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When researching ways to beat the winter blues, the first article I came upon simply said there is one cure: death.
I had to laugh when reading this, as the author must truly be a pessimist. Sure, many people can feel the effects of Seasonal Affective Disorder (SAD), but there is more than one way to beat the winter blues.
Mayo Clinic describes SAD as a type of depression that interferes with daily life.
Loss of energy, oversleeping and social withdrawal are all symptoms one might encounter. It’s estimated 20 to 25 percent of the American population experience SAD to some degree during winter months.
Experts blame different factors for SAD that range from the lack of daylight hours to the aftermath of holiday debt.
I always feel the effects of losing sunlight early and often want to stay indoors, under a blanket as soon as it gets dark. I count the days until the sun shows its face for a few extra hours each day.
What I didn’t realize is SAD can affect people year-round. A person can experience the same symptoms during the summer, or even feel a reverse effect of the symptoms.
Treatment can be simple such as increased exercise, a well-balanced diet and simply getting out during the daylight hours and enjoying the sunshine, while others may need medicine to kick the blues.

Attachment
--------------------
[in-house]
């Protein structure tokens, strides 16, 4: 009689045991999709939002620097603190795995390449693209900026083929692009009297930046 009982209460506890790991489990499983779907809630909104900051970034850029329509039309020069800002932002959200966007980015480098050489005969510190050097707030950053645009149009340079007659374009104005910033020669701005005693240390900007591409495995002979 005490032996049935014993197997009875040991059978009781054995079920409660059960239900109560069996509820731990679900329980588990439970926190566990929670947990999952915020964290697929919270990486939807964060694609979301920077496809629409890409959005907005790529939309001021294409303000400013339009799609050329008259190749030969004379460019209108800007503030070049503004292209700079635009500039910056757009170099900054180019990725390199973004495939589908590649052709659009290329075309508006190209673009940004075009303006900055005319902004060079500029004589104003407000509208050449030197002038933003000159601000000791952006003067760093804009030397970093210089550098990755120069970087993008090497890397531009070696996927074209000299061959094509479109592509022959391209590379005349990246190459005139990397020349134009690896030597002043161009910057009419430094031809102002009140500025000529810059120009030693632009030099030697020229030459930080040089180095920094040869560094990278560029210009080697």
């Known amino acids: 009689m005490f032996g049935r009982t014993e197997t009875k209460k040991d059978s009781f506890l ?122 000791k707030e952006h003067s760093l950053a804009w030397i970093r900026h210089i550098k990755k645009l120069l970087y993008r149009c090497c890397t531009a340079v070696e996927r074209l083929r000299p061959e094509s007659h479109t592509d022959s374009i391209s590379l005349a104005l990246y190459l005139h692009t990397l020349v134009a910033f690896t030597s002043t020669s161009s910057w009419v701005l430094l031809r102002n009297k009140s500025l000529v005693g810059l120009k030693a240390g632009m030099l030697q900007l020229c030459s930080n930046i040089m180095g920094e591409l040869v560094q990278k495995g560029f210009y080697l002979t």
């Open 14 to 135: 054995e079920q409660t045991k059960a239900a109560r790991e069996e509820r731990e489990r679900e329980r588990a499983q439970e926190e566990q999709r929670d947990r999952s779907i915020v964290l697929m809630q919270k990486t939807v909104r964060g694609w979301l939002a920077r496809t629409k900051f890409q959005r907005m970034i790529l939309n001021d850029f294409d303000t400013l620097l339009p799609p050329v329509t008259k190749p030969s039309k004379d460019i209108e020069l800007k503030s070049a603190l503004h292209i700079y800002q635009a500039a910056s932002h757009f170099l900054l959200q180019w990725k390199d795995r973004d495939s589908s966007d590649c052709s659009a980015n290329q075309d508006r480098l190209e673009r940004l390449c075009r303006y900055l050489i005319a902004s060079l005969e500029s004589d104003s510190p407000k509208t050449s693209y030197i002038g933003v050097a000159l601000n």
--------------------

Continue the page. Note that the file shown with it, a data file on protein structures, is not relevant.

Decreasing stress levels is almost a surefire treatment, as stress leads to many cases of SAD. By putting off stressful activities or decisions until the spring, some may be able to avoid SAD during the dark and gloomy winter months.
But I always like to do things a little bit different, so I researched other ways to self-treat SAD.
One of the things I found said to plant flowers. I thought this was a great idea. I like digging in the dirt and getting dirty just as much as I like shopping for flowers and picking colors that look great together.
If planted in time, the bulbs will bloom in early spring and will hopefully prevent a springtime SAD flash.
Naturalists claim using natural ingredients in everyday activities can refresh the body. Using lemon balm as a face wash or almond oil in a bathtub are just two home remedies that sounded interesting.
The most common one I came across and perhaps the most intriguing to me is light box therapy. By using a light box to emit additional light into a room is said to help alleviate SAD symptoms.
This doesn’t mean you have to sit for a half hour looking straight into a light. The light can be on while you’re doing other activities, such as cleaning, working, or watching television.
So don’t be SAD this winter or any season after. Not everyone has to be a victim of the winter blues.
KATHRYN JACEWICZ is a staff writer at the Beacon. Reach her at 754-6890 or email@example.com.